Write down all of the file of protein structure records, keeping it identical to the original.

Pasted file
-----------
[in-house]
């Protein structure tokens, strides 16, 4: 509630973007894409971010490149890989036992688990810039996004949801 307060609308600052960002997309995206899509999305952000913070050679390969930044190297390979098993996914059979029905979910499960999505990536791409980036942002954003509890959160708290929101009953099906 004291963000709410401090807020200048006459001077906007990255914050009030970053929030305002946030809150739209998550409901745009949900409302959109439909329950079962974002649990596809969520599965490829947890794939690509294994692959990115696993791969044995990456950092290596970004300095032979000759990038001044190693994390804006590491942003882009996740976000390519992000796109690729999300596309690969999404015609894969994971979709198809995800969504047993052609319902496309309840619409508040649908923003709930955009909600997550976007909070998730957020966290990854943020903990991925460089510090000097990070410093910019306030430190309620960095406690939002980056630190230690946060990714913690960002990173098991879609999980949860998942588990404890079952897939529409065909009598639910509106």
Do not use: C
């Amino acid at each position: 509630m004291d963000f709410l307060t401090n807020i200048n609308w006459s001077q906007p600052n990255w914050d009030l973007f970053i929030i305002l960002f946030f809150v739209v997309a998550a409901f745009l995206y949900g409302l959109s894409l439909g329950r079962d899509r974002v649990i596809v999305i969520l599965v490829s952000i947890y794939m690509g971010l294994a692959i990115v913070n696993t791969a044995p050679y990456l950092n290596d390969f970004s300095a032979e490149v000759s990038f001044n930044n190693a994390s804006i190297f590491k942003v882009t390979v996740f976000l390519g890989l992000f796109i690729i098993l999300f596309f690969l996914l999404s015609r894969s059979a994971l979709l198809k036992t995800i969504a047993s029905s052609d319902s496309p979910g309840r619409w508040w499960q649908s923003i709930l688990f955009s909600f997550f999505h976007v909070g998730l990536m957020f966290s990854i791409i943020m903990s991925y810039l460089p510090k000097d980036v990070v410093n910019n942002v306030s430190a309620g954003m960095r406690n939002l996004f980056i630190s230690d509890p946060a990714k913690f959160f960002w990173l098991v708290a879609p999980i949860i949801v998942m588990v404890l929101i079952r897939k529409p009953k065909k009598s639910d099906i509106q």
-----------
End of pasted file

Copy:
[in-house]
């Protein structure tokens, strides 16, 4: 509630973007894409971010490149890989036992688990810039996004949801 307060609308600052960002997309995206899509999305952000913070050679390969930044190297390979098993996914059979029905979910499960999505990536791409980036942002954003509890959160708290929101009953099906 004291963000709410401090807020200048006459001077906007990255914050009030970053929030305002946030809150739209998550409901745009949900409302959109439909329950079962974002649990596809969520599965490829947890794939690509294994692959990115696993791969044995990456950092290596970004300095032979000759990038001044190693994390804006590491942003882009996740976000390519992000796109690729999300596309690969999404015609894969994971979709198809995800969504047993052609319902496309309840619409508040649908923003709930955009909600997550976007909070998730957020966290990854943020903990991925460089510090000097990070410093910019306030430190309620960095406690939002980056630190230690946060990714913690960002990173098991879609999980949860998942588990404890079952897939529409065909009598639910509106």
Do not use: C
């Amino acid at each position: 509630m004291d963000f709410l307060t401090n807020i200048n609308w006459s001077q906007p600052n990255w914050d009030l973007f970053i929030i305002l960002f946030f809150v739209v997309a998550a409901f745009l995206y949900g409302l959109s894409l439909g329950r079962d899509r974002v649990i596809v999305i969520l599965v490829s952000i947890y794939m690509g971010l294994a692959i990115v913070n696993t791969a044995p050679y990456l950092n290596d390969f970004s300095a032979e490149v000759s990038f001044n930044n190693a994390s804006i190297f590491k942003v882009t390979v996740f976000l390519g890989l992000f796109i690729i098993l999300f596309f690969l996914l999404s015609r894969s059979a994971l979709l198809k036992t995800i969504a047993s029905s052609d319902s496309p979910g309840r619409w508040w499960q649908s923003i709930l688990f955009s909600f997550f999505h976007v909070g998730l990536m957020f966290s990854i791409i943020m903990s991925y810039l460089p510090k000097d980036v990070v410093n910019n942002v306030s430190a309620g954003m960095r406690n939002l996004f980056i630190s230690d509890p946060a990714k913690f959160f960002w990173l098991v708290a879609p999980i949860i949801v998942m588990v404890l929101i079952r897939k529409p009953k065909k009598s639910d099906i509106q």